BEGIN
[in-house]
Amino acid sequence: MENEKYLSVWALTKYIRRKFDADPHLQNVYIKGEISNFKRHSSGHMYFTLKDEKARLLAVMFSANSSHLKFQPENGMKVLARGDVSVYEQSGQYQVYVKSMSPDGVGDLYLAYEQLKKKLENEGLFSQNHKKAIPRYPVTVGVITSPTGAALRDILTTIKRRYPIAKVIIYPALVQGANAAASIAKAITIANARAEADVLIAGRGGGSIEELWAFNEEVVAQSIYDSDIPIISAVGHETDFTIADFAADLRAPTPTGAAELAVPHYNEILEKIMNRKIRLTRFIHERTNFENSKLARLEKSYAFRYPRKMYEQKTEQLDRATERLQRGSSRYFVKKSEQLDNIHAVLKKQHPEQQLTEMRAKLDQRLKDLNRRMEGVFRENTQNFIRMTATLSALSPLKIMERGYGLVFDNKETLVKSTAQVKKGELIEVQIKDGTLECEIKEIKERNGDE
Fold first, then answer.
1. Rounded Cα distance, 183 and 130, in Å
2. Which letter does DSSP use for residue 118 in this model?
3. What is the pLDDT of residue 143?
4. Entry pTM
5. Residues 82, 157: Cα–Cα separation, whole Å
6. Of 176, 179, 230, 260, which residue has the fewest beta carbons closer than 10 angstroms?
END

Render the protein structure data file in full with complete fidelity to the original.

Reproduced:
[in-house]
Amino acid sequence: MENEKYLSVWALTKYIRRKFDADPHLQNVYIKGEISNFKRHSSGHMYFTLKDEKARLLAVMFSANSSHLKFQPENGMKVLARGDVSVYEQSGQYQVYVKSMSPDGVGDLYLAYEQLKKKLENEGLFSQNHKKAIPRYPVTVGVITSPTGAALRDILTTIKRRYPIAKVIIYPALVQGANAAASIAKAITIANARAEADVLIAGRGGGSIEELWAFNEEVVAQSIYDSDIPIISAVGHETDFTIADFAADLRAPTPTGAAELAVPHYNEILEKIMNRKIRLTRFIHERTNFENSKLARLEKSYAFRYPRKMYEQKTEQLDRATERLQRGSSRYFVKKSEQLDNIHAVLKKQHPEQQLTEMRAKLDQRLKDLNRRMEGVFRENTQNFIRMTATLSALSPLKIMERGYGLVFDNKETLVKSTAQVKKGELIEVQIKDGTLECEIKEIKERNGDE
Fold first, then answer.
1. Rounded Cα distance, 183 and 130, in Å
2. Which letter does DSSP use for residue 118 in this model?
3. What is the pLDDT of residue 143?
4. Entry pTM
5. Residues 82, 157: Cα–Cα separation, whole Å
6. Of 176, 179, 230, 260, which residue has the fewest beta carbons closer than 10 angstroms?